The Landscape Show’s motif for 2012 was “Where You Are the Star”, and we took the theme very literally. If the customers are the stars, we reasoned, then why not give them the Hollywood star treatment? We set up our display with giant Oscars, lights, a red carpet with velvet ropes, gold drapes and, of course, a horde of Paparazzi to photograph our arriving guests. We were the paparazzi with cameras slung around our necks, but we were nice paparazzi from the golden age of Hollywood, not the pushy obnoxious version of today. In the back of our booth was a huge sign reading “Grandiflorawood”, similar to the famous one you see up in the Hollywood Hills near the observatory. Of course, we stocked the booth with the most exotic and colorful plants that we had in the nursery, big leafy plants like elephant ears, bananas, gingers and ornamental grasses. Apparently the judges liked our booth, and we were pleasantly surprised when FNGLA President Wes Parrish came by later in the day to present us with the award for Best of Show Themed-Booth.
Archive for the ‘Educational events’ Category
“Like” Grandiflora and become our Facebook friend to see beautiful plant pictures and get landscaping ideas from our travels around the globe. Our latest uploads are pictures from a recent trip to Oregon and Northern California – Crater Lake, Redwood Forest and Oregon Dunes – including many different plant habitats, from mountain leas to forests to oceanside cliffs. Log in and help me identify all the beautiful mystery flowers that I photographed. Most helpful collaborator gets a prize!
Ellen and I are eagerly looking forward to traveling to Portland OR next week for the Perennial Plant Association’s annual symposium. This is one of the best educational events we attend each year. Besides listening to interesting and timely programs presented by top authorities in perennial plant production, landscaping, and care, we get to see amazing botanical and private gardens as well as retail and wholesale nurseries that specialize in perennials. And of course, we have delicious meals, enjoy wonderful comradery, and have other fun adventures (like partying on a boat on July 4th anchored in the East River of NYC as fireworks exploded overhead, and then passing by the Statue of Liberty on the way back to port).
In the last few years, El and I have been to fantastic PPA meetings in St. Louis MO, Philadelphia PA, and New York City. St. Louis was memorable for tours of the Arch, Busch Brewery, and Missouri Botanical Garden, walks in the public gardens downtown, a river boat dining/dancing cruise on the Mississippi, and eating Ted Drewes frozen custard. The Philadelphia trip had us at Swarthmore’s Arboretum in the morning, Chanticleer’s quirky garden at mid-day, and eating dinner at the conservatory of Longwood Garden that night. They really keep you hopping on PPA tours! In New York, we were surprised by the many perennial gardens at Battery Park, Central Park and scattered in pockets around the city, and the New York Botanical Garden blew our socks off.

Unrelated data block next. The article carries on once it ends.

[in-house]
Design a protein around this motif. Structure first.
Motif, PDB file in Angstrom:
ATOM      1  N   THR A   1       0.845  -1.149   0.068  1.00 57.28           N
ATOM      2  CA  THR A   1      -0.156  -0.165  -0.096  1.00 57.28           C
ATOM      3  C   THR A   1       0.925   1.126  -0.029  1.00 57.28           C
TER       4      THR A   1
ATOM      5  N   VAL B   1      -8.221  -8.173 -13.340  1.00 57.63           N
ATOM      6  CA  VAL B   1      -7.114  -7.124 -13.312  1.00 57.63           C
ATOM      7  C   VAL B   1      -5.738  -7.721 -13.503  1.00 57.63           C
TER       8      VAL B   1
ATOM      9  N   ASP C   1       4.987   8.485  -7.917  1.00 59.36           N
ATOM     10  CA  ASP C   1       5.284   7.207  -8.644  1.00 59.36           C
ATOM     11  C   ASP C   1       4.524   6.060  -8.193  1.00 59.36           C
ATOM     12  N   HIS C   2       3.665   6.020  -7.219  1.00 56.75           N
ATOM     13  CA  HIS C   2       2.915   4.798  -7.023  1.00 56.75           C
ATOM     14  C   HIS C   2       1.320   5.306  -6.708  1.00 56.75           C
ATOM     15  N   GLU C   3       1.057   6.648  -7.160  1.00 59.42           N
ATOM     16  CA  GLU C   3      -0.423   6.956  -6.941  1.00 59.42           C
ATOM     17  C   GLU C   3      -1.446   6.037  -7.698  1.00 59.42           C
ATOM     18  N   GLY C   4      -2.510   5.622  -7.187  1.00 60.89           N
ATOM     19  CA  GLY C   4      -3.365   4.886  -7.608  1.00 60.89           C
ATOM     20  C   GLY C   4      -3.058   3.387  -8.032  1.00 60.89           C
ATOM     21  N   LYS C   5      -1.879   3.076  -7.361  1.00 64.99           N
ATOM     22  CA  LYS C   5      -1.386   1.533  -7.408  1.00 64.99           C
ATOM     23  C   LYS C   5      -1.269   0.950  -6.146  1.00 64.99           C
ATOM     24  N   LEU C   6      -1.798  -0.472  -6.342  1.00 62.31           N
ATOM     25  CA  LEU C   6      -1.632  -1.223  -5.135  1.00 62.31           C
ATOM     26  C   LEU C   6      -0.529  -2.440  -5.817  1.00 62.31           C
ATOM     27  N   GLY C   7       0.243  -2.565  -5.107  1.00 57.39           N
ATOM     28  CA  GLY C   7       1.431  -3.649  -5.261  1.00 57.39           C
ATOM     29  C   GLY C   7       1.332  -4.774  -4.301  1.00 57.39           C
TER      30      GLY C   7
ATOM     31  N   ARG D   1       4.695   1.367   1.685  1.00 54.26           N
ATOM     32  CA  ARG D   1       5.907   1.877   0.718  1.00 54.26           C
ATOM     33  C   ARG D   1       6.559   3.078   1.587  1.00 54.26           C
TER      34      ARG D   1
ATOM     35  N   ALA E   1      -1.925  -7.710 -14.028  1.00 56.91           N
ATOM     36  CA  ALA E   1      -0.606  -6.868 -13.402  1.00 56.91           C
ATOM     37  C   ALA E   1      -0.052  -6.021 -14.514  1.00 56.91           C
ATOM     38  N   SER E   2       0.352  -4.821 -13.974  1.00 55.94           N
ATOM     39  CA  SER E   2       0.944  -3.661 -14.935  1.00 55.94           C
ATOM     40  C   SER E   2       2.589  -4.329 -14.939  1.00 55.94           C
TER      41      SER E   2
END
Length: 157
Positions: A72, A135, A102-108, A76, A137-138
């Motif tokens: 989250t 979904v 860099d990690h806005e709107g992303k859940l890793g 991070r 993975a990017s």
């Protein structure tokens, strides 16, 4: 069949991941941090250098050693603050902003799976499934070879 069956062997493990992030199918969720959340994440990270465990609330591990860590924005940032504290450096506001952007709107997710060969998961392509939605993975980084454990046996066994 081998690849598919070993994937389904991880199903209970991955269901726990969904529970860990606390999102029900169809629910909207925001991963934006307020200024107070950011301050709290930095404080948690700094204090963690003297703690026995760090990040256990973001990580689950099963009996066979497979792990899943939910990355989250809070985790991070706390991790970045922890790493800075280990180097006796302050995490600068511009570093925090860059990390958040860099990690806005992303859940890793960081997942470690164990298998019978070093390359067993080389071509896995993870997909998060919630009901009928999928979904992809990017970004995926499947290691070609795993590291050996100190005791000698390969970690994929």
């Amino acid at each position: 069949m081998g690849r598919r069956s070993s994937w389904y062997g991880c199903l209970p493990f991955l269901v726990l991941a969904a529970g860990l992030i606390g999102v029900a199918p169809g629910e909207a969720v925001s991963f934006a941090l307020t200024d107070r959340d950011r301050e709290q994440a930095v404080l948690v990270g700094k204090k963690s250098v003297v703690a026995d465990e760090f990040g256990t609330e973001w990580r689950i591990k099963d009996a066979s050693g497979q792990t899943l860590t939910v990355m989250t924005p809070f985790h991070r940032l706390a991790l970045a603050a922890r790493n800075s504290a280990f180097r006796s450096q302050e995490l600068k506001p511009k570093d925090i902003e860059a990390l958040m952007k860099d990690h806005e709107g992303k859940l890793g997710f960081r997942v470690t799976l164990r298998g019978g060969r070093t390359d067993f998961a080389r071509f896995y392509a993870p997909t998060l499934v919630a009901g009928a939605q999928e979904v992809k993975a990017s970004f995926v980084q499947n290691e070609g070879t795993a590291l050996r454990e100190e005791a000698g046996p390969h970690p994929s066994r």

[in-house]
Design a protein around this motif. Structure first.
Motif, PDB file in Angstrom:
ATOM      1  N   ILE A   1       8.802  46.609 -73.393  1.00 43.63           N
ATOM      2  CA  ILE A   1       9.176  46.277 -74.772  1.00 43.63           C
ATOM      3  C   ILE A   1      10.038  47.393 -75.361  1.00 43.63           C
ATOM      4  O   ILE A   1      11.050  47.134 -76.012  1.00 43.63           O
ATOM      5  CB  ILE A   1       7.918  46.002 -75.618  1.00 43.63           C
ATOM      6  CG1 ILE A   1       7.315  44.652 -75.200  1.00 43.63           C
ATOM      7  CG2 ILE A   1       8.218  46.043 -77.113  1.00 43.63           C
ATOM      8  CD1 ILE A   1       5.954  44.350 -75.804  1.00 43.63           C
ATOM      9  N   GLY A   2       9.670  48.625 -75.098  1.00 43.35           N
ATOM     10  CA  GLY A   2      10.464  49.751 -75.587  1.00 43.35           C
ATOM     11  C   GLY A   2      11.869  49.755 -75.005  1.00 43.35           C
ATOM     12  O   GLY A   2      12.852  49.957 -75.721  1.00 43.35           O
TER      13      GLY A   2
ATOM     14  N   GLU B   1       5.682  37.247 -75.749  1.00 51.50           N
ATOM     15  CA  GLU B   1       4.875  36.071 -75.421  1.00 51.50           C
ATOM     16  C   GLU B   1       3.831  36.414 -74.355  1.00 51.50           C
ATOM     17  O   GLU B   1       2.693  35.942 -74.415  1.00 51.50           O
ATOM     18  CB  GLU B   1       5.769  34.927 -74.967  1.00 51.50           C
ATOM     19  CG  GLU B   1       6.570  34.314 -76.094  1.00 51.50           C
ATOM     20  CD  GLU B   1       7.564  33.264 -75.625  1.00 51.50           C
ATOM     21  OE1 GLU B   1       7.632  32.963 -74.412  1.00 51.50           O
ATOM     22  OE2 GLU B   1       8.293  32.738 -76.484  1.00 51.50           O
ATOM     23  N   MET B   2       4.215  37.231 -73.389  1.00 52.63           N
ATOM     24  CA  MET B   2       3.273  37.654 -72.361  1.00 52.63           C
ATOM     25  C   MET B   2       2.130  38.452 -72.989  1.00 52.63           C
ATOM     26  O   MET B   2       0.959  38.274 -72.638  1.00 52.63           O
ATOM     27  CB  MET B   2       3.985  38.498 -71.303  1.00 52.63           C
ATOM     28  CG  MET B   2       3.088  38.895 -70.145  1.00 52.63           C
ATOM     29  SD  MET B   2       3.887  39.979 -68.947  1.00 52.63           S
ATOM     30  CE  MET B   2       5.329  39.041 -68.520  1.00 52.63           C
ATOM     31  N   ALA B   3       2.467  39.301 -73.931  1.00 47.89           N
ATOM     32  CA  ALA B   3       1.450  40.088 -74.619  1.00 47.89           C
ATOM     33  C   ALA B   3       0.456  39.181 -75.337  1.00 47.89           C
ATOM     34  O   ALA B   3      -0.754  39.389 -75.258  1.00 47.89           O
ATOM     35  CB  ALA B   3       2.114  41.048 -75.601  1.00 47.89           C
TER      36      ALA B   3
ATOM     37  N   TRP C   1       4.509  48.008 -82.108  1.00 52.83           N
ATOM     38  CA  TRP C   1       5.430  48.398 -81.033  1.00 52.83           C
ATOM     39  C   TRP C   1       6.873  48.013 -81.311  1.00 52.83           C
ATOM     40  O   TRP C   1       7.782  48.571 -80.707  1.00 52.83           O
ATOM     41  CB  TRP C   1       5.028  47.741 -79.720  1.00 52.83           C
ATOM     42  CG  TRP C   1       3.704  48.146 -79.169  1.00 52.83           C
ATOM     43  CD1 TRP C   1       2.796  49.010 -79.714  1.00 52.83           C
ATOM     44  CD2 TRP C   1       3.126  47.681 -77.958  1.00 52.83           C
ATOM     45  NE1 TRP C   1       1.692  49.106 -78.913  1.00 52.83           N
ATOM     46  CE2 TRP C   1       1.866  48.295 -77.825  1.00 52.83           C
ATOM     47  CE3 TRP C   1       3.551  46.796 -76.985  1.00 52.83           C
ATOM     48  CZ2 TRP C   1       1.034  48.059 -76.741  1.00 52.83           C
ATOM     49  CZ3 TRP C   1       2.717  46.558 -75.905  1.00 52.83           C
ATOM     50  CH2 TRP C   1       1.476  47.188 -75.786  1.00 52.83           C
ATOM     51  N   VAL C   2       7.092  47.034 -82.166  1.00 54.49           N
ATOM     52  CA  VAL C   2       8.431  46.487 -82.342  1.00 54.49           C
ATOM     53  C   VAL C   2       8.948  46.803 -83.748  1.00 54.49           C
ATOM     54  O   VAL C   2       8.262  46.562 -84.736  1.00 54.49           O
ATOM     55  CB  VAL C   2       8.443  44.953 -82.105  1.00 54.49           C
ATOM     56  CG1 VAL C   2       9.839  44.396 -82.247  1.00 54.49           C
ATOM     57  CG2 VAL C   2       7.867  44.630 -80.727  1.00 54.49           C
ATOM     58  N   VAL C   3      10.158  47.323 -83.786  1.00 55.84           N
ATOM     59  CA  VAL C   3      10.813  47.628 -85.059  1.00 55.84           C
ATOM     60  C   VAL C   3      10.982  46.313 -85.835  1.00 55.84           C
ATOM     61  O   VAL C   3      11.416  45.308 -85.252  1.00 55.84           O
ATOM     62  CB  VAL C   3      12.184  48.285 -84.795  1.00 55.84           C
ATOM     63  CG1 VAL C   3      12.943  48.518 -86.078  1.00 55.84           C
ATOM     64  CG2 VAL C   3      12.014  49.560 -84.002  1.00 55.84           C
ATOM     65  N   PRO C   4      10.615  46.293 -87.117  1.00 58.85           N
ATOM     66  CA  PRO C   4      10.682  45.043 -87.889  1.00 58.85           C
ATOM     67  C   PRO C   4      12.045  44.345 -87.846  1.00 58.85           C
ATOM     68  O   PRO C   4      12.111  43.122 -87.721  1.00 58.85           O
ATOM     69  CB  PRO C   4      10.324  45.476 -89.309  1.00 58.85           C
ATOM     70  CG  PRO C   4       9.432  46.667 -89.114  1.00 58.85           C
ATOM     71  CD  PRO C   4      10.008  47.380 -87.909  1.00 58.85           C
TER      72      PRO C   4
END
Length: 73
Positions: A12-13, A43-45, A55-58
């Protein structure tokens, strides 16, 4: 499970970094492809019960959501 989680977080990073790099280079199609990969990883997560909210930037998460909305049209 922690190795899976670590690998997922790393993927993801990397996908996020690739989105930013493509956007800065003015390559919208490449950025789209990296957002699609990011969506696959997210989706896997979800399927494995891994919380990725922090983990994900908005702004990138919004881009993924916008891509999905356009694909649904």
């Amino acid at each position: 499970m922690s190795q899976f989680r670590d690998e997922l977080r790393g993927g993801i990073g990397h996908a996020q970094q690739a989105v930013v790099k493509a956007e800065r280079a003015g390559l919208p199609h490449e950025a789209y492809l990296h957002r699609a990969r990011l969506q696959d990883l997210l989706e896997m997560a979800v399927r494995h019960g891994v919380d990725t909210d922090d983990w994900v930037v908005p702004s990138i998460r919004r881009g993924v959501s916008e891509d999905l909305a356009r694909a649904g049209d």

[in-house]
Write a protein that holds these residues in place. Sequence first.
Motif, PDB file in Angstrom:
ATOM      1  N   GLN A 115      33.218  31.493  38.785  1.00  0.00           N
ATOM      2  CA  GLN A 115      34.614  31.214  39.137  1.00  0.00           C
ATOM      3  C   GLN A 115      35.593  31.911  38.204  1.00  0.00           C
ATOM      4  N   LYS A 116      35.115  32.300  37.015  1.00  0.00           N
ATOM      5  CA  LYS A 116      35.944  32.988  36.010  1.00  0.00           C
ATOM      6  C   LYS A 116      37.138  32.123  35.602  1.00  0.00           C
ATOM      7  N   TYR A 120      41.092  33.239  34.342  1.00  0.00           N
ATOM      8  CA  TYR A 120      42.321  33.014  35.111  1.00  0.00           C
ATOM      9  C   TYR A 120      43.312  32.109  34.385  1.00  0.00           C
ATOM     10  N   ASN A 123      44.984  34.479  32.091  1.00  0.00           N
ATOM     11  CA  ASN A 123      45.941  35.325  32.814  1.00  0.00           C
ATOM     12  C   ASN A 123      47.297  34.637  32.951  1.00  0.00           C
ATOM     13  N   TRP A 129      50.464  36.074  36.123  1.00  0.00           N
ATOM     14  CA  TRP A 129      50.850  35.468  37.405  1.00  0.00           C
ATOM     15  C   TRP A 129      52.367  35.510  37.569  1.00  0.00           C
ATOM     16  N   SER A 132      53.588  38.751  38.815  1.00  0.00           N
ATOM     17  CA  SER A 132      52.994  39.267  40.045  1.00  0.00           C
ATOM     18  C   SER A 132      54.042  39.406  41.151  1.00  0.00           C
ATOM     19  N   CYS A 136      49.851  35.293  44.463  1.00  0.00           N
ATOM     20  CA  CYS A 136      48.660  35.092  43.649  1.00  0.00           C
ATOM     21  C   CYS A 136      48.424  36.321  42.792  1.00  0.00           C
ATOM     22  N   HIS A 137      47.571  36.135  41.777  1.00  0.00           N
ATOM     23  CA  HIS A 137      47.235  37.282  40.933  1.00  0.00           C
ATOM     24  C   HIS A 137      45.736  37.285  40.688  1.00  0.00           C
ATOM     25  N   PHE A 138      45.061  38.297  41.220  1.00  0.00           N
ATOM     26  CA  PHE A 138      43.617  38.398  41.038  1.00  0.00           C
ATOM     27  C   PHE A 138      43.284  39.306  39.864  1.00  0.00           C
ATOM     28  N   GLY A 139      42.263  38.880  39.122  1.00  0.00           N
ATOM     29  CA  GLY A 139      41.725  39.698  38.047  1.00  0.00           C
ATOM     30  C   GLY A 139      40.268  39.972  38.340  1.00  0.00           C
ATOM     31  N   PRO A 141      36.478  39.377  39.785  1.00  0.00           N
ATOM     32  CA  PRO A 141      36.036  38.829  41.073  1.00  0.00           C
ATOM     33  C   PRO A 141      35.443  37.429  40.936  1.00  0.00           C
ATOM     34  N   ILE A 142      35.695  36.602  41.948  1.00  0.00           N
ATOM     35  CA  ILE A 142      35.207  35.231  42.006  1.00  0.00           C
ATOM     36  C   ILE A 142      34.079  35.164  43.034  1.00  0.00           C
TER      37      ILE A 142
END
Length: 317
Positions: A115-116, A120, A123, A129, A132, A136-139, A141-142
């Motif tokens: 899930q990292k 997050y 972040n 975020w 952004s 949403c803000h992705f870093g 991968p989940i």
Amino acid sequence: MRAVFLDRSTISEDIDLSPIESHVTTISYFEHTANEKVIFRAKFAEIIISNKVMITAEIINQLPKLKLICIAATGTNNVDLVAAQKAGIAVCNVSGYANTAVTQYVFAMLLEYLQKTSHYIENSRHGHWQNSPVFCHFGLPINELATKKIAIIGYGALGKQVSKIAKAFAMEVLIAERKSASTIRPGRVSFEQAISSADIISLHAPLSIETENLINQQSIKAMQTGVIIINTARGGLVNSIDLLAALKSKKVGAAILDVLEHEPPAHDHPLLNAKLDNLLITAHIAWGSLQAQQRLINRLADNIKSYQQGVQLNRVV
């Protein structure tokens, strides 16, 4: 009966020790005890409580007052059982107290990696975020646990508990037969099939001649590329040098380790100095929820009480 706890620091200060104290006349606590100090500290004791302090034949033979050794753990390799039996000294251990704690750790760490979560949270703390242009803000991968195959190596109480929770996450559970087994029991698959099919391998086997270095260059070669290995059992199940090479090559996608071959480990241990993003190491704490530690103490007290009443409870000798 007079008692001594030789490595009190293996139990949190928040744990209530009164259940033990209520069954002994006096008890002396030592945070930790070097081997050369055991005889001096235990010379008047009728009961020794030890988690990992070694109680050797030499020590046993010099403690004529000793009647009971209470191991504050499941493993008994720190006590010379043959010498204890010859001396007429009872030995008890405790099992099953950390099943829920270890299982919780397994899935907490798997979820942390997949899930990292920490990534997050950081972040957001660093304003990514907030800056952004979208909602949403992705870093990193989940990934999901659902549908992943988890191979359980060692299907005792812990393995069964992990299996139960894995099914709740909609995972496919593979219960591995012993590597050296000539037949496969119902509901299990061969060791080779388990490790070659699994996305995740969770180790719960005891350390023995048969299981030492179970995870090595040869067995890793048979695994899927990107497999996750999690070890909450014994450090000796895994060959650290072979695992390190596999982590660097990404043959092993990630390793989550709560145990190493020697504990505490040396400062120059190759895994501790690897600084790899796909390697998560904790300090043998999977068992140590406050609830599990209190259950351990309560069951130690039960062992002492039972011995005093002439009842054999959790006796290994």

On this year’s schedule are trips to Monrovia’s Oregon location and Terra Nova. We can’t wait to see what Heuchera-breeder Extraordinaire Dan Heims and our hosts at Monrovia have in store for us! Wouldn’t be surprised by an elegant dinner followed by a concert with a rock band and Dan playing the harmonica.
If you haven’t signed up yet, there’s still time.
(Longwood Gardens Water Lily Pond)
The International Plant Producers Society Annual Meeting is the single most important educational event that a grower can attend.
Note the new name. We are no longer the International Plant Propagators. This decision was made by the International Board of Directors after discovering that only 25% of papers presented each year related to propagation. The other 75% included talks on every other conceivable grower concern – soil mixes, pest and disease eradication, new chemicals, trademarks and patenting, labor issues, plant introductions, mechanization, and so on.
This year’s IPPS Southern Region Symposium took place October 23-28 in Biloxi MS at the Imperial Palace Hotel and Casino, so between tours, seminars, and networking, participants could sneak away to gamble, visit the spa or watch football games in the lounge. I managed to see the Gators squeak by Mississippi State and also lost a few bucks at the Blackjack table.
We visited some amazing nurseries in Alabama, Mississippi and Louisiana in three seperate days of bus tours. Especially nice large operations were Kinney’s, Green Forest, Flowerwood, Bracy’s, Windmill and Buddy Martin’s. The other growers like Dodd and Dodd, Coach’s Cedar Creek Farm,Van Der Giesen’s, and Jenkin’s Farm and Nursery generally had less inventory and land, but were more specialized. Each day we enjoyed terrific food reflecting the cuisine of the area – gumbo, crawfish etouffe, fried catfish, oysters, shrimp and hush puppies were plentiful.
The seminars were very timely with a great line-up of speakers including legendary educators Dr. David Creech, Dr. Mike Dirr, Dr. Carl Whitcomb, Dr. Richard Beeson, and Dr. Gary Bachman. Other papers were presented by well-known nurserymen like Ted Stephens, Eelco Tinga, Buddy Lee, and Dennis Neimeyer. The infamous Question Box was thought-provoking and entertaining with Charlie Parkerson providing controversy as always. After the banquet, Dirr and Creech were guest auctioneers at the annual fund-raising auction, encouraging members to spend hundreds of dollars for plants worth a fraction of their selling price, but all for a worthy cause.
Next year’s meeting will be October 10-13 in Raleigh NC with Tony Avent as site chairman. There are some great tours planned, including visits to the Sarah Duke Gardens, JC Raulston Arboretum, Hoffman Nursery, Pender’s, Swift Creek, Plant Works, and Avent’s Plant Delights. To get more information about IPPS membership, visit www.IPPS.org/SouthernNA .